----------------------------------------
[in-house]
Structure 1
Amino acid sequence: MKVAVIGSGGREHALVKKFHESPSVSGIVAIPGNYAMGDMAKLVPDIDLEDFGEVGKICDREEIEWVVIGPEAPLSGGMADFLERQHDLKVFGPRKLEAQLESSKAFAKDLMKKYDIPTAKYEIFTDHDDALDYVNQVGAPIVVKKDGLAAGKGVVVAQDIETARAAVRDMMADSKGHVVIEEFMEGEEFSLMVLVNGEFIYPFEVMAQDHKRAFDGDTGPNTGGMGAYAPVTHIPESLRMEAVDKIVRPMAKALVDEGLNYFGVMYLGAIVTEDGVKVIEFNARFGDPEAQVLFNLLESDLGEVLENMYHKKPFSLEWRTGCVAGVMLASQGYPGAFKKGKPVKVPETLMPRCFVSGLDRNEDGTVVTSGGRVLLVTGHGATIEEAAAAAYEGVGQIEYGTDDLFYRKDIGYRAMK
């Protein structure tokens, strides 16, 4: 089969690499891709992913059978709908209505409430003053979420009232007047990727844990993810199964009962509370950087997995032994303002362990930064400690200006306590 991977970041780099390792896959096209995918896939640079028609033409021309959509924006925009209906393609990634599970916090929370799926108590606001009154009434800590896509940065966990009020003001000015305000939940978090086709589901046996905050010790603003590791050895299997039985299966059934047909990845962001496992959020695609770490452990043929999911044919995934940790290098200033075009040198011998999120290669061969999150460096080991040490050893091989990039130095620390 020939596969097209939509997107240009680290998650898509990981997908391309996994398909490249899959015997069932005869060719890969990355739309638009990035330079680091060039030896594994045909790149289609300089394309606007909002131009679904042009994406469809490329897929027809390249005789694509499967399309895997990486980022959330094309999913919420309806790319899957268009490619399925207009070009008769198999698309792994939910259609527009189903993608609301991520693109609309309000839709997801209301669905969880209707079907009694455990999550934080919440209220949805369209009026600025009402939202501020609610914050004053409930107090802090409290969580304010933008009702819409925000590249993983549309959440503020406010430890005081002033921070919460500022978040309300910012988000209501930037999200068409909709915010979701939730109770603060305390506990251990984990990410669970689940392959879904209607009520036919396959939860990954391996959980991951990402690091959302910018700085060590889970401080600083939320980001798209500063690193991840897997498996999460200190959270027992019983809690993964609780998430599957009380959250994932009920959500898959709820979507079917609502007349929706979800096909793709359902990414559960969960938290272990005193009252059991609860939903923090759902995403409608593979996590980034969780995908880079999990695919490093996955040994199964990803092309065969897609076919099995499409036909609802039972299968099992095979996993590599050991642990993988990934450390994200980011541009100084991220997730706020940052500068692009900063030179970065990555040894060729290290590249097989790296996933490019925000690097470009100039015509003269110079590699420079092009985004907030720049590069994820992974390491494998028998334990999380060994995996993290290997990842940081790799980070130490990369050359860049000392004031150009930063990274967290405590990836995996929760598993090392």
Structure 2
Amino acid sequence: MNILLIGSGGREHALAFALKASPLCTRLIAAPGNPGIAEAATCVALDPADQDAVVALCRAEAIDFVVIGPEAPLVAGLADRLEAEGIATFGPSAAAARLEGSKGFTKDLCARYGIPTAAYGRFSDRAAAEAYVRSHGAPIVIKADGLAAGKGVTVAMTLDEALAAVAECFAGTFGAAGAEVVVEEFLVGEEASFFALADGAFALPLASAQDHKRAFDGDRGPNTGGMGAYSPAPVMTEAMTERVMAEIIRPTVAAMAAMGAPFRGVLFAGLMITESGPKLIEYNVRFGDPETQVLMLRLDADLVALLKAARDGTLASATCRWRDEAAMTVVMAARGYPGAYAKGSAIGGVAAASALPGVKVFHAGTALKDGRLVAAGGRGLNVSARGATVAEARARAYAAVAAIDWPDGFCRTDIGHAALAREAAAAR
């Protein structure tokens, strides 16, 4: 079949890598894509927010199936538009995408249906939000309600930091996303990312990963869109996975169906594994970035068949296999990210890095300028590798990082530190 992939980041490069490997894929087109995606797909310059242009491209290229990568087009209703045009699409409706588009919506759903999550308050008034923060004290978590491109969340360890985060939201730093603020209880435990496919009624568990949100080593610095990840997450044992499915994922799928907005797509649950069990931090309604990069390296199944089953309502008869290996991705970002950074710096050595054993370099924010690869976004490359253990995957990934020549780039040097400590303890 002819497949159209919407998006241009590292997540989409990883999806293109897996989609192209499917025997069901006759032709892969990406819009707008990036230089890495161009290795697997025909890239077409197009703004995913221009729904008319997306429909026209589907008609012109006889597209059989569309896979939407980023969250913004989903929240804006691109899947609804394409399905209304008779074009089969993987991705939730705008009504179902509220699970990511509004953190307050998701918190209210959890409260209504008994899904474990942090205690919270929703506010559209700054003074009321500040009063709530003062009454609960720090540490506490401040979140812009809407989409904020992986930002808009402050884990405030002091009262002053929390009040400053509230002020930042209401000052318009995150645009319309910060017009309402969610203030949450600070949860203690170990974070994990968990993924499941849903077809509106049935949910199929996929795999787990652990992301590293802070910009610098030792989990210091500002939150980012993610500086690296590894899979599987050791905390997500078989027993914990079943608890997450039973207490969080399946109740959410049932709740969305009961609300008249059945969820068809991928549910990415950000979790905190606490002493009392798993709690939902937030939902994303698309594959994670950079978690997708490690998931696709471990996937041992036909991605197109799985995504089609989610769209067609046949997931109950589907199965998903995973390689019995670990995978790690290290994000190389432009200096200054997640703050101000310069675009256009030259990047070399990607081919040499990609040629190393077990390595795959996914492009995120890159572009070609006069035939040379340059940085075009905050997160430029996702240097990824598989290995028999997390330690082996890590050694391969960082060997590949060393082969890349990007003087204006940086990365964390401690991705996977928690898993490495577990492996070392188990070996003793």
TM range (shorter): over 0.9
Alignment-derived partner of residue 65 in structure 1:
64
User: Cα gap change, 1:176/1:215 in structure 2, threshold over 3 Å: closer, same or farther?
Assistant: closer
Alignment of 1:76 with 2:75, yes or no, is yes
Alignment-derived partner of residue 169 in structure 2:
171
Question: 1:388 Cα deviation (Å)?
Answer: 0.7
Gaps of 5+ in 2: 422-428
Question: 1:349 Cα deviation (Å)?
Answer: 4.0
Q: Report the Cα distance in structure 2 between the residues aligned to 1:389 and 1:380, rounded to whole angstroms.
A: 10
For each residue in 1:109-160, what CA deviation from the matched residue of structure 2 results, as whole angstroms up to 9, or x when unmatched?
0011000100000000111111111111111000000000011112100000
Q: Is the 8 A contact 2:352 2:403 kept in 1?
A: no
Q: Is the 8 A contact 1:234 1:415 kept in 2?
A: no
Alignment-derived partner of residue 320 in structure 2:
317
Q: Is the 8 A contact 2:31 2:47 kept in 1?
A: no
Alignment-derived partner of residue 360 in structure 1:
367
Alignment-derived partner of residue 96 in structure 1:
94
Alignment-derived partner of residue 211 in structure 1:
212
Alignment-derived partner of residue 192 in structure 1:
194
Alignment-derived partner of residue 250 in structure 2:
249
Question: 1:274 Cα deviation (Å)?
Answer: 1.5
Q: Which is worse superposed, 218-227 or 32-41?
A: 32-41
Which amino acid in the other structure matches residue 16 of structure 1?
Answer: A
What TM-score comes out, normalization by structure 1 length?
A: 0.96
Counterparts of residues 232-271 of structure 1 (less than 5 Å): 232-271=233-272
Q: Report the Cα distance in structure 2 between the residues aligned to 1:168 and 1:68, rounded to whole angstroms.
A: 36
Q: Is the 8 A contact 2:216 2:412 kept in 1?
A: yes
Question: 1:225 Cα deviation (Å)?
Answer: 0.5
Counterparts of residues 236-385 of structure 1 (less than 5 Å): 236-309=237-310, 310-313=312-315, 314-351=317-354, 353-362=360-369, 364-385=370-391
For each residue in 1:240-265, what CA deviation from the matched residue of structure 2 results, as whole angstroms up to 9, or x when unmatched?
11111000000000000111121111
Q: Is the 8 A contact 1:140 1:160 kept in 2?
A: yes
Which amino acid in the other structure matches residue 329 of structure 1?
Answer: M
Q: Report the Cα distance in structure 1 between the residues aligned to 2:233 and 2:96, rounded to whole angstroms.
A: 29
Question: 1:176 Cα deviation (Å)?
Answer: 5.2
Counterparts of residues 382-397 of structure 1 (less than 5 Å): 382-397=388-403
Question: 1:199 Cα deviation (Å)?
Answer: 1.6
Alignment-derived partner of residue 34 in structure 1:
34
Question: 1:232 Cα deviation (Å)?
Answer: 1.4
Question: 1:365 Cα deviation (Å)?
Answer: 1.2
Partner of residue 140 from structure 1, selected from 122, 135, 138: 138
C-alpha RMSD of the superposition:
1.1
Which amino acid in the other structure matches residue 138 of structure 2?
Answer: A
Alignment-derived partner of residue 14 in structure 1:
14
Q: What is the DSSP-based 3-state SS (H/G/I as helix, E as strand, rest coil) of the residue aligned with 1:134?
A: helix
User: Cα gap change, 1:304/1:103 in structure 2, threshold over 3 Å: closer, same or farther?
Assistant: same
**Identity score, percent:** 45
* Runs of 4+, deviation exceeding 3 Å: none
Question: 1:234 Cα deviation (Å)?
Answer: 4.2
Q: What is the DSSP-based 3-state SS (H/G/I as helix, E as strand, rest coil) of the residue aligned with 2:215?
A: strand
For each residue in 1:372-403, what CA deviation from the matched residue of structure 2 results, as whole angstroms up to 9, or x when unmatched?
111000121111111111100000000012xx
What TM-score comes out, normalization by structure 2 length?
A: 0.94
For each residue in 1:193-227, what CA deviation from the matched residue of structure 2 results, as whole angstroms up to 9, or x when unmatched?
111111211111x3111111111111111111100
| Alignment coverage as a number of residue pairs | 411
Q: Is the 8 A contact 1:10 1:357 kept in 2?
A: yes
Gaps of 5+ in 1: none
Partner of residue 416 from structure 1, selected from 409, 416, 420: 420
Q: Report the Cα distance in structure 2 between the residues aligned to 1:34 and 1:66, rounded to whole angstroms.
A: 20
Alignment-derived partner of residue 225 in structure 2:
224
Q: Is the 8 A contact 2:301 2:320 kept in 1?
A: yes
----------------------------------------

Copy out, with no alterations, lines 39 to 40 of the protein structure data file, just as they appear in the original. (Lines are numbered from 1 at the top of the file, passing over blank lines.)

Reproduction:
Alignment-derived partner of residue 192 in structure 1:
194